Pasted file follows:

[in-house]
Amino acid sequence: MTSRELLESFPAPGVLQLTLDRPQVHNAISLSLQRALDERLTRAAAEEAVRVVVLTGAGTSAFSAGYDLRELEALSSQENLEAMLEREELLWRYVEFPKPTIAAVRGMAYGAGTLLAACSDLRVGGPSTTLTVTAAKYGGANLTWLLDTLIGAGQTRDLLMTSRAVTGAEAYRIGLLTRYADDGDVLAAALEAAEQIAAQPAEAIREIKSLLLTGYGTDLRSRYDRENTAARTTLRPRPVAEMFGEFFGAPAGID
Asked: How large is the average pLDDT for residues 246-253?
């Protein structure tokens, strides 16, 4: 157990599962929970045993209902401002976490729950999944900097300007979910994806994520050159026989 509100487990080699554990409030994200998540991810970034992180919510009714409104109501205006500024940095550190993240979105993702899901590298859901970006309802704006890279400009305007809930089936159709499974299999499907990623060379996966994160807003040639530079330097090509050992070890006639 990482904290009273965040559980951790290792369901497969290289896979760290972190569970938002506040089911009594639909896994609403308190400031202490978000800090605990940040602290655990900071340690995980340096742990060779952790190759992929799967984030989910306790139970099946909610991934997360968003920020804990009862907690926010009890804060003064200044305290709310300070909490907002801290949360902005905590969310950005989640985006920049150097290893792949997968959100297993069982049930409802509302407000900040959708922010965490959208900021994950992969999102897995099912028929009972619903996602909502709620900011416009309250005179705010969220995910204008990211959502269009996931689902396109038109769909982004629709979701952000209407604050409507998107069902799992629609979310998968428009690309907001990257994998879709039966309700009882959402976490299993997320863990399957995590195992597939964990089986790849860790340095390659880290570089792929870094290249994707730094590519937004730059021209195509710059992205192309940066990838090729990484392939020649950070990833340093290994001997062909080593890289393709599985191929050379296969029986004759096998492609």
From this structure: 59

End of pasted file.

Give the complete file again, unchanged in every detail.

[in-house]
Amino acid sequence: MTSRELLESFPAPGVLQLTLDRPQVHNAISLSLQRALDERLTRAAAEEAVRVVVLTGAGTSAFSAGYDLRELEALSSQENLEAMLEREELLWRYVEFPKPTIAAVRGMAYGAGTLLAACSDLRVGGPSTTLTVTAAKYGGANLTWLLDTLIGAGQTRDLLMTSRAVTGAEAYRIGLLTRYADDGDVLAAALEAAEQIAAQPAEAIREIKSLLLTGYGTDLRSRYDRENTAARTTLRPRPVAEMFGEFFGAPAGID
Asked: How large is the average pLDDT for residues 246-253?
């Protein structure tokens, strides 16, 4: 157990599962929970045993209902401002976490729950999944900097300007979910994806994520050159026989 509100487990080699554990409030994200998540991810970034992180919510009714409104109501205006500024940095550190993240979105993702899901590298859901970006309802704006890279400009305007809930089936159709499974299999499907990623060379996966994160807003040639530079330097090509050992070890006639 990482904290009273965040559980951790290792369901497969290289896979760290972190569970938002506040089911009594639909896994609403308190400031202490978000800090605990940040602290655990900071340690995980340096742990060779952790190759992929799967984030989910306790139970099946909610991934997360968003920020804990009862907690926010009890804060003064200044305290709310300070909490907002801290949360902005905590969310950005989640985006920049150097290893792949997968959100297993069982049930409802509302407000900040959708922010965490959208900021994950992969999102897995099912028929009972619903996602909502709620900011416009309250005179705010969220995910204008990211959502269009996931689902396109038109769909982004629709979701952000209407604050409507998107069902799992629609979310998968428009690309907001990257994998879709039966309700009882959402976490299993997320863990399957995590195992597939964990089986790849860790340095390659880290570089792929870094290249994707730094590519937004730059021209195509710059992205192309940066990838090729990484392939020649950070990833340093290994001997062909080593890289393709599985191929050379296969029986004759096998492609």
From this structure: 59